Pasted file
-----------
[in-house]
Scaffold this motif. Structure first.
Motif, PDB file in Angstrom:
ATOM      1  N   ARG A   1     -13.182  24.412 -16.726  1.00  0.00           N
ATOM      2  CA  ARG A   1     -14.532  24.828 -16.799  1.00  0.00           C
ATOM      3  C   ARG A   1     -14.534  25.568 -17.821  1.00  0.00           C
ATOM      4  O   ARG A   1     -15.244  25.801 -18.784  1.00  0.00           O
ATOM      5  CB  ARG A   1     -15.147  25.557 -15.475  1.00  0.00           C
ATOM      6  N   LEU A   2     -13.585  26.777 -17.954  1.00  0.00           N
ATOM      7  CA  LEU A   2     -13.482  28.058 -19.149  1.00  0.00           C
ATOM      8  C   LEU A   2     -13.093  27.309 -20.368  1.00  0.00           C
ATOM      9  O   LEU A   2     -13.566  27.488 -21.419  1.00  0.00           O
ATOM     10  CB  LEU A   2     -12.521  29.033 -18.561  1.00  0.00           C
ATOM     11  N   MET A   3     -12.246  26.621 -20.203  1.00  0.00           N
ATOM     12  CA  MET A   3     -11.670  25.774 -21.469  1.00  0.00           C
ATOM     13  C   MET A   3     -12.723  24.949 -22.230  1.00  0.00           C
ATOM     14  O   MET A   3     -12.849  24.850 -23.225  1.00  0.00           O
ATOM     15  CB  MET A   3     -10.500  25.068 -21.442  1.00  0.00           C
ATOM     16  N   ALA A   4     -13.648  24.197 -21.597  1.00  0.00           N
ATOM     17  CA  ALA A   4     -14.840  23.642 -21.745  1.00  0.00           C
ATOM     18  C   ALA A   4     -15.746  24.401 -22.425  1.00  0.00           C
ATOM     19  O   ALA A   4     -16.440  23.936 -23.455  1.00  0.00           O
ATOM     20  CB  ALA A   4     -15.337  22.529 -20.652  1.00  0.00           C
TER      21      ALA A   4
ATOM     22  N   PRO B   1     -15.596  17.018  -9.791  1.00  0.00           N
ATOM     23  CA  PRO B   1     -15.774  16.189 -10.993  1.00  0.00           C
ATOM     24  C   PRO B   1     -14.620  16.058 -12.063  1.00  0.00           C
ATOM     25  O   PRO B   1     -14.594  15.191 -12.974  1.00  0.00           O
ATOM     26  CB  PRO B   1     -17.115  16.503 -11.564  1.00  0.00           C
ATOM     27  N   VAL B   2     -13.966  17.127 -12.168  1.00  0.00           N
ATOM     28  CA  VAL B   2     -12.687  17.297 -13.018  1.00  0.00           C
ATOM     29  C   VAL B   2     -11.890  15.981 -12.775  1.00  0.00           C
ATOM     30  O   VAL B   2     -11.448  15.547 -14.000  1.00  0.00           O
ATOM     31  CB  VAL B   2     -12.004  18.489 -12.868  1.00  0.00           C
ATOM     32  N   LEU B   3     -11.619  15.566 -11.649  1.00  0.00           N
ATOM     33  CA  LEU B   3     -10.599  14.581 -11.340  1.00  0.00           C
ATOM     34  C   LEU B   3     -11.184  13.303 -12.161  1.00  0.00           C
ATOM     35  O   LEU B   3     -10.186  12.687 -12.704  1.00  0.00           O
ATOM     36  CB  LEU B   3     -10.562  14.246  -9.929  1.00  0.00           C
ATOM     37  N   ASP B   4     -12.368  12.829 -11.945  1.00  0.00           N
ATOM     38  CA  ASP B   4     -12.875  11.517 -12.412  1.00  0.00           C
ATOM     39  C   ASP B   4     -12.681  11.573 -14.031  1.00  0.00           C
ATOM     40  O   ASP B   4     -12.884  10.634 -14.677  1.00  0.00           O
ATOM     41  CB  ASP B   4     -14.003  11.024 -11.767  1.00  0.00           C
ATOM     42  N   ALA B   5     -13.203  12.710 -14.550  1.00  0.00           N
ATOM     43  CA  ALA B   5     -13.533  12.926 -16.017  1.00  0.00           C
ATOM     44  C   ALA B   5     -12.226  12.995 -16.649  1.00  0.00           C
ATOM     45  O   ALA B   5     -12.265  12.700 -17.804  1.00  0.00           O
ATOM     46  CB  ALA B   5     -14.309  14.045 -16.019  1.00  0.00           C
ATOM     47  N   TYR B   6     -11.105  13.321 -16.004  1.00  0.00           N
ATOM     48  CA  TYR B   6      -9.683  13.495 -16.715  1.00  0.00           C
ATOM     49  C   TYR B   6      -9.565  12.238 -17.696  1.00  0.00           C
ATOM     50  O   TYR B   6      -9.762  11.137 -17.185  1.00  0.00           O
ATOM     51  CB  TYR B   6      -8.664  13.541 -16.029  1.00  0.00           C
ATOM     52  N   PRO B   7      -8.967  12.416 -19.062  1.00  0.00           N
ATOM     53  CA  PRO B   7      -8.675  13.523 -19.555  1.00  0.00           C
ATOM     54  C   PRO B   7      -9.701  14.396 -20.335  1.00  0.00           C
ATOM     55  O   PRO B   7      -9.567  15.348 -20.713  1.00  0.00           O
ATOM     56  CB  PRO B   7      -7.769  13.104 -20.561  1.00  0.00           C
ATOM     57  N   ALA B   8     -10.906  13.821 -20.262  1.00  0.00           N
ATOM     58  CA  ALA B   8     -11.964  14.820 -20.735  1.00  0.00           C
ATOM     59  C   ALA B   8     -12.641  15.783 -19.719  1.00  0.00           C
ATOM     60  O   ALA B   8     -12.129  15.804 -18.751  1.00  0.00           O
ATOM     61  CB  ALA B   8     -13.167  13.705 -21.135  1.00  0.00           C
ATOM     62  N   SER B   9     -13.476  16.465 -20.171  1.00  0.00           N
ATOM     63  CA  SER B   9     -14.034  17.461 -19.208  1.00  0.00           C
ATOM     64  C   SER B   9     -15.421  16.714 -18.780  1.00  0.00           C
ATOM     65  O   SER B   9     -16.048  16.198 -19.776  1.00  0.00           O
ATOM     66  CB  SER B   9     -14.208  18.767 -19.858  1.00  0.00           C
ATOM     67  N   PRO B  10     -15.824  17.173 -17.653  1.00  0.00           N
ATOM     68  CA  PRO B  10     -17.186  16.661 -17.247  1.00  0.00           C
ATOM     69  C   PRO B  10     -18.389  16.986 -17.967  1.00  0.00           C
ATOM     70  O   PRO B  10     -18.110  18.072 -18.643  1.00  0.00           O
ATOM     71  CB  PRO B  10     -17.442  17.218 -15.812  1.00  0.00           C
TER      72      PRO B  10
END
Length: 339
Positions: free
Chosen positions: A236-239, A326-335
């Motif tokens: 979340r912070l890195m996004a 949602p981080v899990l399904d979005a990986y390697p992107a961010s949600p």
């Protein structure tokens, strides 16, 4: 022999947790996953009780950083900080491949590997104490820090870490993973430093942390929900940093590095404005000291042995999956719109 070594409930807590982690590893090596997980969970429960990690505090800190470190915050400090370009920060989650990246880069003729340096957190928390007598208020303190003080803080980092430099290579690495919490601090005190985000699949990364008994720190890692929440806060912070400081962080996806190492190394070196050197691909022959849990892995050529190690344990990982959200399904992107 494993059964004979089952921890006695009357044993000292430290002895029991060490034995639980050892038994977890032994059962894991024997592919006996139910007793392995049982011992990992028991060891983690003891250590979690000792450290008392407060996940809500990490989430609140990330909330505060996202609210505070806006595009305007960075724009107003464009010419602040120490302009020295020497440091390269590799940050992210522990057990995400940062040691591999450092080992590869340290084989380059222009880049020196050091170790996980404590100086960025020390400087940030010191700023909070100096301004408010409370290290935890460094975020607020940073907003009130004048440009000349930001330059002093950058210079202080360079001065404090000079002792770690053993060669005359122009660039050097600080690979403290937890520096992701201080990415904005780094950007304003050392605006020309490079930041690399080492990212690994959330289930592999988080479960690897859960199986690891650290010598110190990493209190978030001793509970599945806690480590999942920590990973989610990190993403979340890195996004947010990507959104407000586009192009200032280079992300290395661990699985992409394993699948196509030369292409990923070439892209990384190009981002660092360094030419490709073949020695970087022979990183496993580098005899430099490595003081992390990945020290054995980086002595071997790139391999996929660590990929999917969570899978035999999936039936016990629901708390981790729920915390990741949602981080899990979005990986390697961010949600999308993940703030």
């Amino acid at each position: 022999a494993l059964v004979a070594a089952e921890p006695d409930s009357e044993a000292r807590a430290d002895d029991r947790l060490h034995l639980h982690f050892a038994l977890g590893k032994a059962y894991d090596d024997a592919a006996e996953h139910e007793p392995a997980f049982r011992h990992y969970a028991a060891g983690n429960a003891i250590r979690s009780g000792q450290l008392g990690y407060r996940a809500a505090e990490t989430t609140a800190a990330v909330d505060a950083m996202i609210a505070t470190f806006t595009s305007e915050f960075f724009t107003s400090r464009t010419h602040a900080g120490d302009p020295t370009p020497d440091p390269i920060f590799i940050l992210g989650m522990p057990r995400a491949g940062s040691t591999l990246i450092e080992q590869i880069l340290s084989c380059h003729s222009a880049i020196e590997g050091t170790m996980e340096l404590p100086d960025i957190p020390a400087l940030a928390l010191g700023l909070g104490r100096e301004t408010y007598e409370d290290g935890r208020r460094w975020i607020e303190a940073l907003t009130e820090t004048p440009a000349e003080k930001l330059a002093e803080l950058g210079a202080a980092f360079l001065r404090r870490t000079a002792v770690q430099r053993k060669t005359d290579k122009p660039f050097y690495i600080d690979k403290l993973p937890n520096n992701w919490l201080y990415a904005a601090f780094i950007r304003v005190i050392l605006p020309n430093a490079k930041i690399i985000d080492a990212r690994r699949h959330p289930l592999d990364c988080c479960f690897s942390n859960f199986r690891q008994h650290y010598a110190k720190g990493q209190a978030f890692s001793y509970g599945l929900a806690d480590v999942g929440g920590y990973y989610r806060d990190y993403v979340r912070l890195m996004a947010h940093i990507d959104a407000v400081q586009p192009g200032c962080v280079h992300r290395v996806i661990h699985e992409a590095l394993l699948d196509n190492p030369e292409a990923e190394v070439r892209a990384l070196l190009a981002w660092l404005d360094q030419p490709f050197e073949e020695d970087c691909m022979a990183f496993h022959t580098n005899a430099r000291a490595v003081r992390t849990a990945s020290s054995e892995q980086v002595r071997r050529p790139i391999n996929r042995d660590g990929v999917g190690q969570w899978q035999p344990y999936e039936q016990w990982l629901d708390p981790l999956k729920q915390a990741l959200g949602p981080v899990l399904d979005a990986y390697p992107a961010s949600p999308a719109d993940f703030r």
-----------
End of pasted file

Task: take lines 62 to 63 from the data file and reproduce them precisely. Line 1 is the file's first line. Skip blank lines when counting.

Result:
ATOM     59  C   ALA B   8     -12.641  15.783 -19.719  1.00  0.00           C
ATOM     60  O   ALA B   8     -12.129  15.804 -18.751  1.00  0.00           O